The results of the analysis appear in the table here. Of the 1,839 proposals funded across seven programs, only 67 (4%) had an explicit computer science component. Our analysis of abstracts could not tell us which of these projects had any kind of research component, nor where the research informed our understanding of learning computing specifically.

It isn't enough to rely on general education research. We need research specific to computinga form of domain-specific education research.

Regardless of the limitation of the analysis, it is clearthere is far too little computing research or teacher support being done by the key agency charged by the federal government for understanding how to improve STEM education.

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Making Progress in Computing Education

Funding is important. Funding allows researchers to make progress on problems that are a priority. Funding is recognition that a particular discipline or strategy is worthwhile. Funding can create a virtuous circle, where funded work attracts more funded work. Lack of funding creates a vicious circle, when the lack of theory and of assessment prevents other projects from being funded.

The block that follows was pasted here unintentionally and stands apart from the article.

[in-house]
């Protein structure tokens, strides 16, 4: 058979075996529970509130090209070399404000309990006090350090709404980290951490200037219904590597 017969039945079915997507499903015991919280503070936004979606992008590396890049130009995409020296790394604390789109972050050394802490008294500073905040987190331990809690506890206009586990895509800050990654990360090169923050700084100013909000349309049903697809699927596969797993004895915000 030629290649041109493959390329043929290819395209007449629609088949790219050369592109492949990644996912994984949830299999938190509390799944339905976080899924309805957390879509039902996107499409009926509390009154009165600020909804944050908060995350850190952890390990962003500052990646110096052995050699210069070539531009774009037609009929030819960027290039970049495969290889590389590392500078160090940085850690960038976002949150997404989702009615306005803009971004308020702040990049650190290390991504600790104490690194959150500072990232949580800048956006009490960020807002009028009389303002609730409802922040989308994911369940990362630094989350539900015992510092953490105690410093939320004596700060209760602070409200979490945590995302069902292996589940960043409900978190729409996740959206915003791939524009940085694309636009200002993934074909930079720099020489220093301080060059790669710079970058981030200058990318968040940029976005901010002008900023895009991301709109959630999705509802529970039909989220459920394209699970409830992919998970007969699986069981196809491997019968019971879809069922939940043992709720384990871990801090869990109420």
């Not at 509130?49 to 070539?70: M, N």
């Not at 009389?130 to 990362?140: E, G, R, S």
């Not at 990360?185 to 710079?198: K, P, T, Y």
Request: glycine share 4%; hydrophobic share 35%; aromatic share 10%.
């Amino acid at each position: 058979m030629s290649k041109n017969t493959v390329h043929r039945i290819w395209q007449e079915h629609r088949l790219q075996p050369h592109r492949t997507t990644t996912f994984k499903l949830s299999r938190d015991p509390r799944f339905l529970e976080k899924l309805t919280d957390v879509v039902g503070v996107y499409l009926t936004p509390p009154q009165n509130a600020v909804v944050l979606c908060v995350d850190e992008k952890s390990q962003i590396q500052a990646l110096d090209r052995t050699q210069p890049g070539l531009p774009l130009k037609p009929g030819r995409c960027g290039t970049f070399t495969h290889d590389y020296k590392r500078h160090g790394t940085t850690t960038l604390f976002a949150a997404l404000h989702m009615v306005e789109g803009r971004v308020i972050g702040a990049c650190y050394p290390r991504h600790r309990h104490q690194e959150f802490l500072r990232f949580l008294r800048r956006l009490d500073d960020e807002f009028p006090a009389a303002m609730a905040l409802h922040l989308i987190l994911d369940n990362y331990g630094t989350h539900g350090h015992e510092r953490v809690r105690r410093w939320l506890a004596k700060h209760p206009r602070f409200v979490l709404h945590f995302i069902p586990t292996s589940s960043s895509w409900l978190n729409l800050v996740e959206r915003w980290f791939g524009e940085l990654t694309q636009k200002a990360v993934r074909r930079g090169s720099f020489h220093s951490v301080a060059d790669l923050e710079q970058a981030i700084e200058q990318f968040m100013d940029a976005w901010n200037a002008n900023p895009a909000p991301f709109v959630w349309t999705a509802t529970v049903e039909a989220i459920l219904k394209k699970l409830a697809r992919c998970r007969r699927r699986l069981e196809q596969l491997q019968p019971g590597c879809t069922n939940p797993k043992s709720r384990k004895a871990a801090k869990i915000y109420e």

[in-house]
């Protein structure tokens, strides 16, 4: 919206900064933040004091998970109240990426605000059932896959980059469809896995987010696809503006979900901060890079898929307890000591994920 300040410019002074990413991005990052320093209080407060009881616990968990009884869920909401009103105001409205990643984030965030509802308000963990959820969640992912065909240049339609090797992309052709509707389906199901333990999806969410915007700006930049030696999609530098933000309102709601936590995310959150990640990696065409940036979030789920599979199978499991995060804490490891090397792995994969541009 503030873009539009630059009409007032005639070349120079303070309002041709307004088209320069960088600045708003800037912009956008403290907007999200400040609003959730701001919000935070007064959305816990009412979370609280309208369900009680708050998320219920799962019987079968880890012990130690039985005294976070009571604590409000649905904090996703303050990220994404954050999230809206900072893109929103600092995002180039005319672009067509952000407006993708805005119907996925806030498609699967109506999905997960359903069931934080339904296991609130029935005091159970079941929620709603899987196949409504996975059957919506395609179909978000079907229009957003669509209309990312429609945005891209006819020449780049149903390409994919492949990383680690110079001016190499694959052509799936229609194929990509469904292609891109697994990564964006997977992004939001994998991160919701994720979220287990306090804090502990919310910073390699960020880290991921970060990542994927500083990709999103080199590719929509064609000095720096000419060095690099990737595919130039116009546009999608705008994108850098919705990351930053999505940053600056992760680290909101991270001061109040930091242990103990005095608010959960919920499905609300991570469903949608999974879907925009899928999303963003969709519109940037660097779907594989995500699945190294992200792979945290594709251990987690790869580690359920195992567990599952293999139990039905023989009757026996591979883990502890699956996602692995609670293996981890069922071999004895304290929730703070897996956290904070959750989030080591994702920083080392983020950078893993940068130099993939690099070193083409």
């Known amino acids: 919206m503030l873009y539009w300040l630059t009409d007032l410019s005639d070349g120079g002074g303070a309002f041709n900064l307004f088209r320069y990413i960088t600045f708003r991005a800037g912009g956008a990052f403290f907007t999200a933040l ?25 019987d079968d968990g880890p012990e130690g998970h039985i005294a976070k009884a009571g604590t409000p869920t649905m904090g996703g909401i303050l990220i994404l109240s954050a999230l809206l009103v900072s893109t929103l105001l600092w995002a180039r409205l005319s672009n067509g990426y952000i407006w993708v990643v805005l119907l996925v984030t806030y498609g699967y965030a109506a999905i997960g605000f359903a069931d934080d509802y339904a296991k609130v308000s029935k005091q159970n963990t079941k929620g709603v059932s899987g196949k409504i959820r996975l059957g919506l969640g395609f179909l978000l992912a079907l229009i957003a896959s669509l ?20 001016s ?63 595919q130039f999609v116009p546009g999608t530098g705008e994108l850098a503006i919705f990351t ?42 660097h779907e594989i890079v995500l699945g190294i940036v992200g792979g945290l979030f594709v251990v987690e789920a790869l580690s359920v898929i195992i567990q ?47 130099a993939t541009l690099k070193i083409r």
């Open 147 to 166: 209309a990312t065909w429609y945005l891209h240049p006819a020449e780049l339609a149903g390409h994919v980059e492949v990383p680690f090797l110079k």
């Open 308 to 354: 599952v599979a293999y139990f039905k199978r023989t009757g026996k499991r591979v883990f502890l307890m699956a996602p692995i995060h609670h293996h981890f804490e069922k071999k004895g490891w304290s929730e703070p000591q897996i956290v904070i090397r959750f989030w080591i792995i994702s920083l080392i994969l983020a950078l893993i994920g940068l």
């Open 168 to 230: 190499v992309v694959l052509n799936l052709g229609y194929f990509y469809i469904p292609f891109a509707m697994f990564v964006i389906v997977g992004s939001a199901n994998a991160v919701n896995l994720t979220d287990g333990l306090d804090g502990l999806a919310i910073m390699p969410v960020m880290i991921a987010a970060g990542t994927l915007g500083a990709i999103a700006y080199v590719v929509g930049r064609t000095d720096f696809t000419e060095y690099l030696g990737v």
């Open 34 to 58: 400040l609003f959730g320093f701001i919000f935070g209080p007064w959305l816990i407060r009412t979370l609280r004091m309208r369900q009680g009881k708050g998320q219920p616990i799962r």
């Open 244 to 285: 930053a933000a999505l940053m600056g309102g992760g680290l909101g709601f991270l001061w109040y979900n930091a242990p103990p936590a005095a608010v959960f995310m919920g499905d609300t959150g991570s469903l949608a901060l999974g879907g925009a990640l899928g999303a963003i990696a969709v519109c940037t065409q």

The computing education research is concerned with how to sustain interest and progress in the research community. Few of the U.S.-based presenters at the International Computing Education Research Workshop have NSF funding to work in computing education research. Those that have received NSF funding do the computing education research component on the side. Few Ph.D. students focus on computing education, and those that do focus on this area rarely obtain faculty slots in research institutions. Working in an area without explicit funding programs is dangerous for an untenured assistant professor at a research institution.

Funding is particularly important to bootstrap a field. Computing education research seems to be in a vicious cycle. As a community we need to take some basic steps to break the cycle:

  • Learn what NSF programs are available and aggressively go after funding. NSF CCLI Program Officers regularly offer SIGCSE workshops walking through the various NSF programs that are available for education research to catalyze proposals.
  • Sit on NSF review panels when asked, particularly in EHR. There should be a computing voice at these review panels. The best way to learn what gets funded (and how to write a fundable proposal) is to sit on these panels.
  • Encourage fundamental research in computing education. As teachers of computing, we want to know what language, IDE, book, and curriculum works best in our classroom. We also need the theory that helps us make these choices, and the assessment that gives us data on what works best. We want students to start successfully and to develop expertise and skill.